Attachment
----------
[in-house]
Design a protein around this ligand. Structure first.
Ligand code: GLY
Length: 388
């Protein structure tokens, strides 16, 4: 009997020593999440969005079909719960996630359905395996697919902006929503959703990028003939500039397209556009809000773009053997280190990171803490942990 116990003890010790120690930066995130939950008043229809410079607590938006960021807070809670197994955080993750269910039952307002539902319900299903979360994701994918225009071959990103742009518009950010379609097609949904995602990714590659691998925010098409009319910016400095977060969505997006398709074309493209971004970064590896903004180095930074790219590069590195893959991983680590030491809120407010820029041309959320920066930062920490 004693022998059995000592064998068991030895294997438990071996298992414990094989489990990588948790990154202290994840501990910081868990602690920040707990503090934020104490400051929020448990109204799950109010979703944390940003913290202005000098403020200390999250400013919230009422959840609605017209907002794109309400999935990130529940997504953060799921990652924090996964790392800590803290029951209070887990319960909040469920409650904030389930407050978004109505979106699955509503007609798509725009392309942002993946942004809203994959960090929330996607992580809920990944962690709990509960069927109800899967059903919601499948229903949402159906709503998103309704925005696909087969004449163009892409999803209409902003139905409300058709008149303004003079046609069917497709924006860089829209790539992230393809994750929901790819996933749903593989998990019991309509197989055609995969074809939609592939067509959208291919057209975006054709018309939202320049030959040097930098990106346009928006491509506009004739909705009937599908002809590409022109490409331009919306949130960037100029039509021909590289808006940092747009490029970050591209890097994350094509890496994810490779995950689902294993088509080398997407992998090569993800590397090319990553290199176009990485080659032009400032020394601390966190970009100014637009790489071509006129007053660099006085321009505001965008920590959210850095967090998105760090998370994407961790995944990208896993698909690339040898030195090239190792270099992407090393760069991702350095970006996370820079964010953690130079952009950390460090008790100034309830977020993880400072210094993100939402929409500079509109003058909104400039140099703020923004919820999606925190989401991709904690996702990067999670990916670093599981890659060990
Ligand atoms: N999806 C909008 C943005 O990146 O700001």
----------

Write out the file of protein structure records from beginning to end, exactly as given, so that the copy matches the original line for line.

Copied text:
[in-house]
Design a protein around this ligand. Structure first.
Ligand code: GLY
Length: 388
């Protein structure tokens, strides 16, 4: 009997020593999440969005079909719960996630359905395996697919902006929503959703990028003939500039397209556009809000773009053997280190990171803490942990 116990003890010790120690930066995130939950008043229809410079607590938006960021807070809670197994955080993750269910039952307002539902319900299903979360994701994918225009071959990103742009518009950010379609097609949904995602990714590659691998925010098409009319910016400095977060969505997006398709074309493209971004970064590896903004180095930074790219590069590195893959991983680590030491809120407010820029041309959320920066930062920490 004693022998059995000592064998068991030895294997438990071996298992414990094989489990990588948790990154202290994840501990910081868990602690920040707990503090934020104490400051929020448990109204799950109010979703944390940003913290202005000098403020200390999250400013919230009422959840609605017209907002794109309400999935990130529940997504953060799921990652924090996964790392800590803290029951209070887990319960909040469920409650904030389930407050978004109505979106699955509503007609798509725009392309942002993946942004809203994959960090929330996607992580809920990944962690709990509960069927109800899967059903919601499948229903949402159906709503998103309704925005696909087969004449163009892409999803209409902003139905409300058709008149303004003079046609069917497709924006860089829209790539992230393809994750929901790819996933749903593989998990019991309509197989055609995969074809939609592939067509959208291919057209975006054709018309939202320049030959040097930098990106346009928006491509506009004739909705009937599908002809590409022109490409331009919306949130960037100029039509021909590289808006940092747009490029970050591209890097994350094509890496994810490779995950689902294993088509080398997407992998090569993800590397090319990553290199176009990485080659032009400032020394601390966190970009100014637009790489071509006129007053660099006085321009505001965008920590959210850095967090998105760090998370994407961790995944990208896993698909690339040898030195090239190792270099992407090393760069991702350095970006996370820079964010953690130079952009950390460090008790100034309830977020993880400072210094993100939402929409500079509109003058909104400039140099703020923004919820999606925190989401991709904690996702990067999670990916670093599981890659060990
Ligand atoms: N999806 C909008 C943005 O990146 O700001």